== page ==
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Not In India’s Interest: Experts on Westinghouse Nuclear Deal

What if Westinghouse goes bankrupt and disappears? Experts say the risk is real.

Published
India
3 min read
Not In India’s Interest: Experts on Westinghouse Nuclear Deal
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The Narendra Modi government sought to revive a 20 billion dollar deal for a nuclear power plant with US-based firm Westinghouse on 28 June. However, the track record of the company does not inspire confidence, say experts.

Westinghouse was to install a nuclear plant in Kovadda, Andhra Pradesh, with the capacity of 7,200 Megawatts, following the 2008 Indo-US nuclear deal. Almost a decade later and the contract hasn’t been finalised.
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Westinghouse Filed for Bankruptcy in March, 2017

Yes, you heard that right.

India plans to revive the deal with a company that filed for bankruptcy on 30 March 2017.

Dr A Gopalakrishnan, Former Chairman Atomic Energy Regulatory Board, said Toshiba, which acquired the company in 2008, is leaving nuclear energy entirely and Westinghouse doesn’t have any plans of revival for its nuclear divisions.

(Photo: The Quint)

Westinghouse’s Track Record? Delays Everywhere

The deadline for finalising contractual arrangements with India was June 2017 and it hasn’t been met yet. Other countries too have been plagued by delays.

In China, the first plant was scheduled to be up by 2013 and four years later there continues to be delays. In the US too, work on four nuclear plants began but not one has been completed yet.

Why should this matter to India?

Because, while the construction of the plant will be done by a local partner, design and consultation will be provided by Westinghouse.

David Schlissel, Director of Resource Planning Analysis at Institute of Energy Economics and Financial Analysis, says the risks are real.

Westinghouse shareholders have also bore the brunt of these delays. In the last two years they have lost half the worth of their shares, Tim Buckley from Institute of Energy Economics and Financial Analysis (IEEFA) said:

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Currently only 3.2 percent of India’s utility electricity generation is covered by nuclear energy. There is pressure on India to move to power that doesn’t contribute to climate change.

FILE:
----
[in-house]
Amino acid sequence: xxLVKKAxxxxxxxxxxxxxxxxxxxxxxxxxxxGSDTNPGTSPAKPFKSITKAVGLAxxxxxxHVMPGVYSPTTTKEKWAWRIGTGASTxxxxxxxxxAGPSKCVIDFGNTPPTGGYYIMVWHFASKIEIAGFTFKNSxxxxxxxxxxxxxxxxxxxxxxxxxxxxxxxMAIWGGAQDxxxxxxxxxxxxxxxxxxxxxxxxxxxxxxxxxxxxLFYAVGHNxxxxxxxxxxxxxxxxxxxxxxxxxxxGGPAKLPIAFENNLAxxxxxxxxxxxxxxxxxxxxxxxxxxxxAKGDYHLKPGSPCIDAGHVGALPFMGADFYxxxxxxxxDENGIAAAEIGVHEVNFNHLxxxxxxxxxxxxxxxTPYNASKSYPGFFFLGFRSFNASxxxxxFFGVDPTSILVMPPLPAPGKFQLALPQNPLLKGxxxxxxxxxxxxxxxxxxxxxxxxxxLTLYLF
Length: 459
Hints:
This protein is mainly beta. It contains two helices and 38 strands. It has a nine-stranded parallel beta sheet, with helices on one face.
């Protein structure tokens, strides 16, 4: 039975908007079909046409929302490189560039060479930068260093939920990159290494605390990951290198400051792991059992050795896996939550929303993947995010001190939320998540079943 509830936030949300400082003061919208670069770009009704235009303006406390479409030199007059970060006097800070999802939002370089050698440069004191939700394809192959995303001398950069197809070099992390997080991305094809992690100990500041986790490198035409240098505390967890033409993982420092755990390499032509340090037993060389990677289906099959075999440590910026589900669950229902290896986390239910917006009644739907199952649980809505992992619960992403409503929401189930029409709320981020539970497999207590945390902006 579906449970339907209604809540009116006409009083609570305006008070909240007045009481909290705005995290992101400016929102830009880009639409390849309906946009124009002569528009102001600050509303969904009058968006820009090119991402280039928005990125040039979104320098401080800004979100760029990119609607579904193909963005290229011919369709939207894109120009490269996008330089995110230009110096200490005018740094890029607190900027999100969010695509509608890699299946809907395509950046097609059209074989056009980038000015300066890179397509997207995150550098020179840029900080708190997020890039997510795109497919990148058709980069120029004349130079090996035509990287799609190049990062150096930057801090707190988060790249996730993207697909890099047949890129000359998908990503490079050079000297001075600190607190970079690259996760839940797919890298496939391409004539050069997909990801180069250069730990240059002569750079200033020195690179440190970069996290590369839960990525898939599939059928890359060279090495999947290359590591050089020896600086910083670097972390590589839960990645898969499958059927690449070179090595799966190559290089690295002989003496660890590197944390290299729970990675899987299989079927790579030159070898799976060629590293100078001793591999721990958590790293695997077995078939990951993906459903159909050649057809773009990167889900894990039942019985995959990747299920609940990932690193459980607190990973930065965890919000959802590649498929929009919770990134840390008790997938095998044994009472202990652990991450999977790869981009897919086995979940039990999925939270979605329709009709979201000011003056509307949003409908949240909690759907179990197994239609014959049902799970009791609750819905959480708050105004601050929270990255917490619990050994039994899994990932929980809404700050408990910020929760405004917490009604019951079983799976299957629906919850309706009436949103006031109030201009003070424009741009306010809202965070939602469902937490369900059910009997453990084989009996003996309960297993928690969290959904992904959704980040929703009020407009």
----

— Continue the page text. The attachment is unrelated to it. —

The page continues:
Some experts say the company’s track record shouldn’t matter and the deal should be cracked.

There is a strategic need for India to move to nuclear energy. Considering the company is vulnerable one can negotiate better and place necessary safeguards in place.
Vaibhav Chaturvedi, Council for Energy Environment and Water (CEEW)

More Risks? Technology Remains Untested

Westinghouse has defined itself as the ‘world leading supplier of safe and innovative nuclear technology.’ But, how can one claim safety when the technology hasn’t been used anywhere yet?

Vaibhav Chaturvedi from CEEW says the technology remains on paper.

No one knows if the technology is reliable as no plants with the technology are in operation around the world. All we know for sure it that it is taking longer to build in China and much longer to build in the United States.
David Schlissel, Director Resource Planning Analysis, Institute of Energy Economics and Financial Analysis.

SK Malhotra, Secretary, Atomic Energy Education Society, said the deal hasn't been signed yet. "It will be re-worked and the government will only enter into the contract once they’re certain Westinghouse can fulfill all requirements," Malhotra said.

(This admission season, The Quint got experts from CollegeDekho.com on board to answer all your college-related queries. Send us your questions at eduqueries@thequint.com)

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